It is a higher moral and philosophical ground that we tread when we take the premise that an individual should in all respects live by the convictions that he was reared by or has acquired in life by means of education or political affiliations. Personal philosophies are dangerous grounds for breeding warped convictions that could be deemed as a threat to society. However, Socrates believed that a man of intellect was entitled to live by his beliefs until the end.
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The background of Socrates is one, which must have molded his beliefs. Although trained as a sculptor, he spent the better part of his life in the quest for a truth through learning and interaction by questioning anyone who purported to know some truth. He did his duties as a citizen, and stoically bore the privations of poverty and a shrewish wife. he did not expound his philosophies, but rather chose to converse with people and by the very act of asking questions revealed not just the other’s ignorance ,empowered the latter to think clearly and act reasonably.
Ultimately it was this dissemination of rational thought that led to his death conviction he stood accused by his enemies and detractors of crimes against the State like,” impiety” and “corruption of the young”. It is believed that he could have escaped the death sentence if he had been willing to take a more conciliatory tone, but he died a martyr because he refused to abandon the principles that he had devoted his life to. In ‘Crito’ he shows this respect for the Athenian law, because he refuses to plead for clemency-“I cannot abandon the principles which I used to hold in the past simply because this accident happened to me.” This shows a man who has come to terms with the inevitability of his death.
One would ask whether such adherence to principles got him some high accolades other than respect from his followers. If Plato, who was Socrates’ student , had not chosen to write his Four Dialogues –Euthyphro, Apology, Crito and Phaedo with Socrates as the central disputant, the world would not have a record about this high principled man. As Plato developed the philosophy of Socrates, especially on speculative lines, far beyond the point reached by Socrates himself, it is impossible to judge with any exactness precisely how much of the teaching is the master’s, how much the pupil’s. It is admirable to live by such high and rational principles in so far that you tread a moral path, which is socially acceptable too. In the case of Socrates, the State feared an uprising of its young men propelled by the line of questioning that Socrates had taught. Insurgency in any century or in any government is a potential threat to the inherent peace of a country.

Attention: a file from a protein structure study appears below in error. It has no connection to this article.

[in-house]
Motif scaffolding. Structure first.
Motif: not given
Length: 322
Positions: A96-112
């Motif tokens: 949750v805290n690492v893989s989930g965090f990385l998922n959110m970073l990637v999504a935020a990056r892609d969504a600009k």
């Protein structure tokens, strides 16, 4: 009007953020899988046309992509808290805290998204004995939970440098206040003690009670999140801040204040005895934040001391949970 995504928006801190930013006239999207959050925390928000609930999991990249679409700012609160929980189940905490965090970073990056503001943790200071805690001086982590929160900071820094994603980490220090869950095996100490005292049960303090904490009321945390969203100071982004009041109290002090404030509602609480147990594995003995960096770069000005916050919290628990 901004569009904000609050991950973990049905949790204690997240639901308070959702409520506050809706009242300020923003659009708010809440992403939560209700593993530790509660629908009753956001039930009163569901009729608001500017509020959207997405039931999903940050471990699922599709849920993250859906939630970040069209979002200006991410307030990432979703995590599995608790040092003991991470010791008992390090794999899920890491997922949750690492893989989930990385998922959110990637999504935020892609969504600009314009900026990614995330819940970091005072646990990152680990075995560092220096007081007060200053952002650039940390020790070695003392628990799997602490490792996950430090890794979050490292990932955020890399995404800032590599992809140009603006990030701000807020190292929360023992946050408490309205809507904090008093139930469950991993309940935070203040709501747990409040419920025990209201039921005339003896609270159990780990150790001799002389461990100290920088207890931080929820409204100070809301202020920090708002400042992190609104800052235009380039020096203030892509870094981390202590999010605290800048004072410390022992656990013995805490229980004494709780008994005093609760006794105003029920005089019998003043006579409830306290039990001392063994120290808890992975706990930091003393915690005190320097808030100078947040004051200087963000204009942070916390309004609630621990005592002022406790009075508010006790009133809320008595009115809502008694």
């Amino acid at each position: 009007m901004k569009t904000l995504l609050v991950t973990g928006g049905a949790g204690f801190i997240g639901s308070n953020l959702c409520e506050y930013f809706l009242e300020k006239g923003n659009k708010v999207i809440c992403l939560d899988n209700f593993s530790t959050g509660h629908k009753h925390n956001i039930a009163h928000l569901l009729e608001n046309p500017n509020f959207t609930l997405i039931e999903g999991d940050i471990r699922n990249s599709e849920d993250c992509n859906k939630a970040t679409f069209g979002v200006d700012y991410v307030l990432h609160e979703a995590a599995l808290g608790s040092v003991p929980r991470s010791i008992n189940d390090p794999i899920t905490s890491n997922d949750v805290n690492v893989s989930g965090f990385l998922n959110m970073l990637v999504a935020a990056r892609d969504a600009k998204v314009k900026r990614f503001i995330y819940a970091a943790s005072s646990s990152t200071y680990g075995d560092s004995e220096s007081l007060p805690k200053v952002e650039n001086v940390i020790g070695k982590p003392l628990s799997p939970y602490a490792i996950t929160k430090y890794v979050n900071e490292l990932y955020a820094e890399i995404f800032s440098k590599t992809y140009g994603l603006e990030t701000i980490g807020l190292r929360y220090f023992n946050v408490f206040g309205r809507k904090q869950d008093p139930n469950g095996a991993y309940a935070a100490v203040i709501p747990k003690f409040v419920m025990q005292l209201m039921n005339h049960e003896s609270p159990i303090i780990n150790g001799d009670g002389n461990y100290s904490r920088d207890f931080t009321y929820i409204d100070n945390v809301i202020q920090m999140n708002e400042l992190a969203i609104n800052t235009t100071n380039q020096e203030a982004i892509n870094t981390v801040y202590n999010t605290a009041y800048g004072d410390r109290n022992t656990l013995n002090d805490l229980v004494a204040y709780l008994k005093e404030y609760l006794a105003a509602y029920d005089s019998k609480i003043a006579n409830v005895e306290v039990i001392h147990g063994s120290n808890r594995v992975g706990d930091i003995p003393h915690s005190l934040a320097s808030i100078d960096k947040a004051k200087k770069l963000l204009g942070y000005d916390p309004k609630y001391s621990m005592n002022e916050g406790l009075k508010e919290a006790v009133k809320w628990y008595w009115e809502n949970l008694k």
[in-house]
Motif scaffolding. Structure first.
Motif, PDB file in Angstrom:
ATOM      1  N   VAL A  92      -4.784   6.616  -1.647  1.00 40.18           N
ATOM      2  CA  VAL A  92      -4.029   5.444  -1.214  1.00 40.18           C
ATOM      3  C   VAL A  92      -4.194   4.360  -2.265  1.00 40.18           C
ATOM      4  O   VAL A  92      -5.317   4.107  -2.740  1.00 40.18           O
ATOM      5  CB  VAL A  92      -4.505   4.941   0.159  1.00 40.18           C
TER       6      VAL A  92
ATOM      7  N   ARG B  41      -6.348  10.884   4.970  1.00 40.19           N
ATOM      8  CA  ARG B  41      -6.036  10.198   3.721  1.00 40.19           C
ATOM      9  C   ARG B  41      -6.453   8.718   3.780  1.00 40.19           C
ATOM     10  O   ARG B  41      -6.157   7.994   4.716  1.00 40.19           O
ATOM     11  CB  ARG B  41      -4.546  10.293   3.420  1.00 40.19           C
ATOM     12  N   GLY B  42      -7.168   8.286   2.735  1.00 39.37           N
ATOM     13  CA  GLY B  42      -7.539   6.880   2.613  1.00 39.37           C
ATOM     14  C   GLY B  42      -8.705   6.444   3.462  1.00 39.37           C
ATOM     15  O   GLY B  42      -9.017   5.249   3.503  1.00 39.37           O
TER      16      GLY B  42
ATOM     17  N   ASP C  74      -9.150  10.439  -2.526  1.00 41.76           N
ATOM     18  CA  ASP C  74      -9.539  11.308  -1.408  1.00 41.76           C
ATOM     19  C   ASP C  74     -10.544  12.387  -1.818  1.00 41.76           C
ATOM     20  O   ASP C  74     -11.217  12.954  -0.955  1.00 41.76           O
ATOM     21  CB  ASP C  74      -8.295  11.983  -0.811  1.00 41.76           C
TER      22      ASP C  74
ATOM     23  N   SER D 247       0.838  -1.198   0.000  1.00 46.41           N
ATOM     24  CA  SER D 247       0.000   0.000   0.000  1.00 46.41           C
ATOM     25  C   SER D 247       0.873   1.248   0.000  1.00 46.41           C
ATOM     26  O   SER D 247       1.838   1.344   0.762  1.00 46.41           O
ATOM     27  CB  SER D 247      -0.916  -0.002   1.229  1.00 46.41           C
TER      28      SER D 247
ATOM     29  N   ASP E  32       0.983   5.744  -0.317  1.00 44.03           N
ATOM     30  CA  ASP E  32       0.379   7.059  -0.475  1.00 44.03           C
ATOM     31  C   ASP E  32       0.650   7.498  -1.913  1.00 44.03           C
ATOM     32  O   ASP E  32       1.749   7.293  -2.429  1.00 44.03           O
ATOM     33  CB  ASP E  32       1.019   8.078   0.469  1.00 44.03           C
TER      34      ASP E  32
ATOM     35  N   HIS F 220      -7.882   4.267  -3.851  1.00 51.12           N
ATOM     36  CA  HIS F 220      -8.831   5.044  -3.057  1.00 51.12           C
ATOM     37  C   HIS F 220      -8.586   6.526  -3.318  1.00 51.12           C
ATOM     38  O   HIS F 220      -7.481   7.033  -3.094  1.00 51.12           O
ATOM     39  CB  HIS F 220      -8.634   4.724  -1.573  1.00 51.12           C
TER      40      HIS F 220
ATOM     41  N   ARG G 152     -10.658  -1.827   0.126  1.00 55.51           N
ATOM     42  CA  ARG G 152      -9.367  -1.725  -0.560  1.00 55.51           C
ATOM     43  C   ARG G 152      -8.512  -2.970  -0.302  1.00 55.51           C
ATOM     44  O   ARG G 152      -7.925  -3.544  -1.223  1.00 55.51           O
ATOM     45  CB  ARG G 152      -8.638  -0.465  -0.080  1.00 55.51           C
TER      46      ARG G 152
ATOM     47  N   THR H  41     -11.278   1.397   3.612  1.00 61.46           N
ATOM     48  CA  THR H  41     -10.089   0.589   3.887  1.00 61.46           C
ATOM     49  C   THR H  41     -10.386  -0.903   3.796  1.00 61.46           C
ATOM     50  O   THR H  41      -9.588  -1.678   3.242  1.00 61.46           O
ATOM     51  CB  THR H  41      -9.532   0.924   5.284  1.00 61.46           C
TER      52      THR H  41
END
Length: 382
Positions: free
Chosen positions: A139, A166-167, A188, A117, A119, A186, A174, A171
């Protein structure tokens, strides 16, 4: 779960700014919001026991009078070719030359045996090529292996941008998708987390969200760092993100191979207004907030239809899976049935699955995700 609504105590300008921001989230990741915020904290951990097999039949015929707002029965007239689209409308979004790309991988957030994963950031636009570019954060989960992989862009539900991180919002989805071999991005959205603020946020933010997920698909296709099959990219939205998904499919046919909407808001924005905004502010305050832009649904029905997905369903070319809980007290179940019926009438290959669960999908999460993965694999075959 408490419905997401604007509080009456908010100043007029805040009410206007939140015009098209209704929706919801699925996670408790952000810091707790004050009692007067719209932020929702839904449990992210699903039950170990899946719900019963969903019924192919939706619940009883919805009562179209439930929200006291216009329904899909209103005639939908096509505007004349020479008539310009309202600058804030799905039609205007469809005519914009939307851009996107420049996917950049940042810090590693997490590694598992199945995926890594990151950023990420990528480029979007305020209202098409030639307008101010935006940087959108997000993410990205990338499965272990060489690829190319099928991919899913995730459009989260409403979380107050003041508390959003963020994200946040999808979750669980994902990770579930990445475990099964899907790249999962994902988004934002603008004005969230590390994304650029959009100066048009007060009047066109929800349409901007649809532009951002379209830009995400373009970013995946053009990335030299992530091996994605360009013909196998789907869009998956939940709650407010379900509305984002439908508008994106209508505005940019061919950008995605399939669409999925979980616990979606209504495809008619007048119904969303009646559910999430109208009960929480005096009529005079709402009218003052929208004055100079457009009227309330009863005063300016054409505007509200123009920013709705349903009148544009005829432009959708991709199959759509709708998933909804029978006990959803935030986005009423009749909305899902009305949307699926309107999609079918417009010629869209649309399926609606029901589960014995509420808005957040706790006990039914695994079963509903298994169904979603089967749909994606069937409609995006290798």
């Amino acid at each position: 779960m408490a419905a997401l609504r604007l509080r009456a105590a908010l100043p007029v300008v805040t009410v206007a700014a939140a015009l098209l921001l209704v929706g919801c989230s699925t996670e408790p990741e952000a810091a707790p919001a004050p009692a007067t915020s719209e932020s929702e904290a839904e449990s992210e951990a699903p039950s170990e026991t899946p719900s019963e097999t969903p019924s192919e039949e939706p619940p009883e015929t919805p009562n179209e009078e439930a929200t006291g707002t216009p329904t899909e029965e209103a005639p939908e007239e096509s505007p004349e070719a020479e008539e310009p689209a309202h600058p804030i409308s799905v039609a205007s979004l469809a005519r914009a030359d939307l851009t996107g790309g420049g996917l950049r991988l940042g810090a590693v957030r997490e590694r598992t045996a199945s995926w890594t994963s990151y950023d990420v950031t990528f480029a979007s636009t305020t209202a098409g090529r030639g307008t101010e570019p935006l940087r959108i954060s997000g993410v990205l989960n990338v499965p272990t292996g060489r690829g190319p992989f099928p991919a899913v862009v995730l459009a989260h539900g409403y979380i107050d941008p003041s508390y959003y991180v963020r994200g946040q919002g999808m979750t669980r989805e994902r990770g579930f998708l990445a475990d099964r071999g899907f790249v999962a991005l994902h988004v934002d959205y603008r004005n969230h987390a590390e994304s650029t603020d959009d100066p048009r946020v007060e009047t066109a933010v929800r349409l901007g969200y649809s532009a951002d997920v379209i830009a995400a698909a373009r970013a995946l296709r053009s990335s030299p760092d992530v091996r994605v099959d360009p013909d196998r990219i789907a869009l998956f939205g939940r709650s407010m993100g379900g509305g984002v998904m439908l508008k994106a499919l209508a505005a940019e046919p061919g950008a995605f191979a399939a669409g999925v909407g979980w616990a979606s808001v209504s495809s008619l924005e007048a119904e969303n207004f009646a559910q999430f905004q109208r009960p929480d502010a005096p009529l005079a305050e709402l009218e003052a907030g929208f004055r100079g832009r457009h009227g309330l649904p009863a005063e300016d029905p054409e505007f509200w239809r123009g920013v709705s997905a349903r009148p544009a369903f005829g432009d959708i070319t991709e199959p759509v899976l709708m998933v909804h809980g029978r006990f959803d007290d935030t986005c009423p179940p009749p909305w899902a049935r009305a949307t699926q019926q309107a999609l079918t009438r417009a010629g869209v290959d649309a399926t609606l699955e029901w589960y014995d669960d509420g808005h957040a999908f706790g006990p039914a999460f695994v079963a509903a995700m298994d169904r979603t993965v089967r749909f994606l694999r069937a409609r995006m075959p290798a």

In the case of Socrates, he was a man who not only disciplined his thoughts but also his actions. He says,’ one must not even do wrong when one is wronged, which most people regard as the natural course.’ Not everyone who aspires to high mindedness can choose to be so calm and in command of his senses.The average citizen would not accept the State’s sentence of death without some stirring of rebellion. Socrates on the other hand says,’ If you cannot persuade your country you must do whatever it orders and patiently submit to any punishment that it imposes.’ This consequence could have been avoided if he had either pleaded for clemency, or chosen to escape to Thessaly as arranged by Crito. His convictions cost him his life and left his wife widowed and his sons fatherless. His followers and students were deprived of his further rational teachings and advice and the world lost a great philosopher at a relatively young age. Such high-mindedness comes at a price.